Performance Testing of OAuth 2.0 Secured APIs using JMeter

Author: Peeyush Kandoi


There are two main keywords in the headline: one is OAuth 2.0 and the other is JMeter. Both terms are very familiar to all of us.

OAuth 2.0 – According to OAuth‘s website, the protocol is not unlike a valet key-

Many luxury cars today come with a valet key. It is a special key you give the parking attendant and unlike your regular key, will not allow the car to drive more than a mile or two. Some valet keys will not open the trunk, while others will block access to your onboard cell phone address book. Regardless of what restrictions the valet key imposes, the idea is very clever. You give someone limited access to your car with a special key while using your regular key to unlock everything

JMeter – Apache JMeter is an Apache project that can be used as a load testing tool for analyzing and measuring the performance of a variety of services.

OAuth 2.0 Flow

This is a generic flow irrespective of the Authorization Grant Type that we need to pass while sending Authorization Grant request to get the access token.

As per the flow, we can see that to call an OAuth 2.0 secured API, we need to first call the token URL to get the access token, and then we use that access token to call the main API. 

One way to do this in JMeter is to get the access token using postman and then use that access token in the main API call which is implemented in JMeter. But it will be an extra effort and also it will hamper the throughput of our application in JMeter.

So for this, we will see how we can implement both the API calls in JMeter itself and how the generated access token will be used to call the main API.

JMeter Configuration

1. Create HTTP Request corresponding to the API that is responsible to generate the OAuth Token

a) Add a HTTP Request element: Thread Group -> Add -> Sampler -> HTTP Request

b) The above HTTP Request is to call the token API to get the access token. We are using the client credentials grant type in this example. Below are the details of all the required parameters like client-id, client-secret, grant_type, and scope that we need to pass as parameters.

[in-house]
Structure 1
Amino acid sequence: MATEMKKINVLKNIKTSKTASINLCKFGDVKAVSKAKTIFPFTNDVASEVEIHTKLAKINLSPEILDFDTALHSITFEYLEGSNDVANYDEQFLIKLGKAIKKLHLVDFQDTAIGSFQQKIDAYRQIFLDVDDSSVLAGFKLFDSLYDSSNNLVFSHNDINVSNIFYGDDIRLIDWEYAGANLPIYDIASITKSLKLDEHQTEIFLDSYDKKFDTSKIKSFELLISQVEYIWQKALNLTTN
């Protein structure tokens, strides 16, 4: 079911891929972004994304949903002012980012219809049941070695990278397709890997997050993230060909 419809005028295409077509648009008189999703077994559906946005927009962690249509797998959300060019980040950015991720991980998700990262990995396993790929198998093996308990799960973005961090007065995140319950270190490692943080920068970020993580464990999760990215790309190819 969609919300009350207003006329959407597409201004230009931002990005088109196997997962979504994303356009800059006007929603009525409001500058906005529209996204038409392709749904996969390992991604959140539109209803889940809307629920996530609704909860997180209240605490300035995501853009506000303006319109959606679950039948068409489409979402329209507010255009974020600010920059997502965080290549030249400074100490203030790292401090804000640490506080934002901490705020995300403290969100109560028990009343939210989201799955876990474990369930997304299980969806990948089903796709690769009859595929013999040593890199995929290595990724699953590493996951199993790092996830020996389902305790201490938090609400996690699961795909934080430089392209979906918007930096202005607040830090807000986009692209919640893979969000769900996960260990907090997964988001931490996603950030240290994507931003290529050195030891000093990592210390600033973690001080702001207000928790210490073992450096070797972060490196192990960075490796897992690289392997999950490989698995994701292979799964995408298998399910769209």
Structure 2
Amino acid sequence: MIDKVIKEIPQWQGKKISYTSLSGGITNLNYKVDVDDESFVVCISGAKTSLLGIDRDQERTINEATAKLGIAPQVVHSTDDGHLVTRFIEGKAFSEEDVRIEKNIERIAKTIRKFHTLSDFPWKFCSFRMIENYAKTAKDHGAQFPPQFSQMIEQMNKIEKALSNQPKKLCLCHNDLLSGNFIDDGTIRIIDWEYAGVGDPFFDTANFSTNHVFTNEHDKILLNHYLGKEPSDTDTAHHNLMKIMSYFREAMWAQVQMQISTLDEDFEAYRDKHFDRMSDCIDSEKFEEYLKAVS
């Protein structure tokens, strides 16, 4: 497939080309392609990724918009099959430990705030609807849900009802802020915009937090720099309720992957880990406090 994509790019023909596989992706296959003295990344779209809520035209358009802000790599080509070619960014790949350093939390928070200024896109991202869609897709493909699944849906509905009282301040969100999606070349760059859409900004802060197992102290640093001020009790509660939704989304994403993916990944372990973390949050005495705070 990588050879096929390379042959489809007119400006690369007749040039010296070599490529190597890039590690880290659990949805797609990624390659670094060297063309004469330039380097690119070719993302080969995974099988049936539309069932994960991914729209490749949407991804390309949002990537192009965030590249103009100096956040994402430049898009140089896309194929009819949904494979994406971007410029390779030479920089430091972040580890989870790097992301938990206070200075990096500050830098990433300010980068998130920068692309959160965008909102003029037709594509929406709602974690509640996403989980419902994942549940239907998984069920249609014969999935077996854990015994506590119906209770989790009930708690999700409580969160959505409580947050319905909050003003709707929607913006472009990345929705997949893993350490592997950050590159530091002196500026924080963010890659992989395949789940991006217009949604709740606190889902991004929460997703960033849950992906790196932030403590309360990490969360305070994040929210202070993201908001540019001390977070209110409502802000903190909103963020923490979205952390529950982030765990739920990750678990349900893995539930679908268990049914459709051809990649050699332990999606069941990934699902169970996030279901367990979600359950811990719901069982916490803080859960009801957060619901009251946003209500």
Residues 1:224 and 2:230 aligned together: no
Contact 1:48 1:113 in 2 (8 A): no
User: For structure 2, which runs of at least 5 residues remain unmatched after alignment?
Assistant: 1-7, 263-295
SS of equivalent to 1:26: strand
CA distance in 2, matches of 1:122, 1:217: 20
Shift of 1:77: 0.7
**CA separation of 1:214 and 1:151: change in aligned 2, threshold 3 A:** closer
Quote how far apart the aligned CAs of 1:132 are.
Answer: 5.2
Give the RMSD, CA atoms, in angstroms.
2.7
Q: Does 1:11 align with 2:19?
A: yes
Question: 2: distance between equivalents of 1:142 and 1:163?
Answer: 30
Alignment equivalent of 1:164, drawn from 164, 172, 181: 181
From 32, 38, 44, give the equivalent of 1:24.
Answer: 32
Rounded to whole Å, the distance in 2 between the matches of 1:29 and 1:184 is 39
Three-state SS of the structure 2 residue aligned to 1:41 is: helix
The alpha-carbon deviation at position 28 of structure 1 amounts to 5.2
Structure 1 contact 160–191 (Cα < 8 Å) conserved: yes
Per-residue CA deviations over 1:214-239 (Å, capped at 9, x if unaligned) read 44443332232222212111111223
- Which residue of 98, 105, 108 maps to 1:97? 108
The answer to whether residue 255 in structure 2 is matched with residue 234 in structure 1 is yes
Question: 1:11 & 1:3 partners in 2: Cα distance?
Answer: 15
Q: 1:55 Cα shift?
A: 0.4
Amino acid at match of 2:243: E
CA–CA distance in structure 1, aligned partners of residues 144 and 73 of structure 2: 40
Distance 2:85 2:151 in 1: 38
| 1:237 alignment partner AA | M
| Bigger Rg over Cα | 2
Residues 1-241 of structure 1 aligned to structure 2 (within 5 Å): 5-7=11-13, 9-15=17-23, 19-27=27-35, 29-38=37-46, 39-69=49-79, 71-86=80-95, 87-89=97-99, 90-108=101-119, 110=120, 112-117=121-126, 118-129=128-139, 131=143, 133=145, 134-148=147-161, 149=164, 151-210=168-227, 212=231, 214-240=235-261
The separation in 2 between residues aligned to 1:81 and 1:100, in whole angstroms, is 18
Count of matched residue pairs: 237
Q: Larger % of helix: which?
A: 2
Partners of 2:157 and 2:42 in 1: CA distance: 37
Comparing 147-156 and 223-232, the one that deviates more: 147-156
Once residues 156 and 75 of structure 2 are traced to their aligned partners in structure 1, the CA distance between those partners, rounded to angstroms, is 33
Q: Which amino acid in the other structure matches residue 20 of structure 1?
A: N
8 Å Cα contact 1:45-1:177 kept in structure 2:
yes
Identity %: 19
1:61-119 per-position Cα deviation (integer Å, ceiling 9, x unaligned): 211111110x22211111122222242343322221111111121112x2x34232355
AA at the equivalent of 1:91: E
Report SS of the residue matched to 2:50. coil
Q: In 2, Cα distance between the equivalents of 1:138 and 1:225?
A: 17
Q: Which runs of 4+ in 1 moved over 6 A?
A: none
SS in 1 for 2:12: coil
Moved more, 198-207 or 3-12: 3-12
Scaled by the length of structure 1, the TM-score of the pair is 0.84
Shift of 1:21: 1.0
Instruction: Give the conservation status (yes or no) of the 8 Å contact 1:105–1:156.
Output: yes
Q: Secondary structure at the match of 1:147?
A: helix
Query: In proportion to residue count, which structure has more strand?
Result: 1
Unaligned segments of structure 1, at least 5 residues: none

c) There are two ways to extract the token value- 

  1. Add ‘JSON Extractor’ (Add -> PostProcessors -> JSON Extractor) under HTTP Request. We will use it to fetch dynamic access tokens coming from the response. The configuration is as shown below 
  1. Add ‘Regular Expression Extractor’ (Add -> PostProcessors -> Regular Expression Extractor) under HTTP Request. We will use it to fetch dynamic access token coming from the response. The configuration is as shown below 

2. Create another HTTP Request which we will be using to call the main API passing the access_token which is already generated by previous HTTP Request. Below is the configuration for this HTTP Request-

For extracting the value of access_token from previous HTTP Request, we need to use BeanShell PreProcessor (Add -> PreProcessors -> BeanShell PreProcessors) here as shown below. It would add Header in the request of this call with name as ‘Authorization’ and value as ‘Bearer ‘ ++ <<generated access token>> 

3. We will use CSV DataSet Config (Add -> Config Element -> CSV DataSet Config) to pass the payload in the request dynamically- 

Summary Report

Below is the Summary Report after configuring the number of threads as 1, we can see below we got 1 request each for HTTPRequestGenerateToken and HTTPRequest Main call.

View Results Tree

Below is the response of HTTPRequestGenerateToken call and we can see in the output

Response Header

Response Body


We saw in this blog that we can test OAuth 2.0 secured APIs using JMeter. I hope you got to learn something new from this blog.

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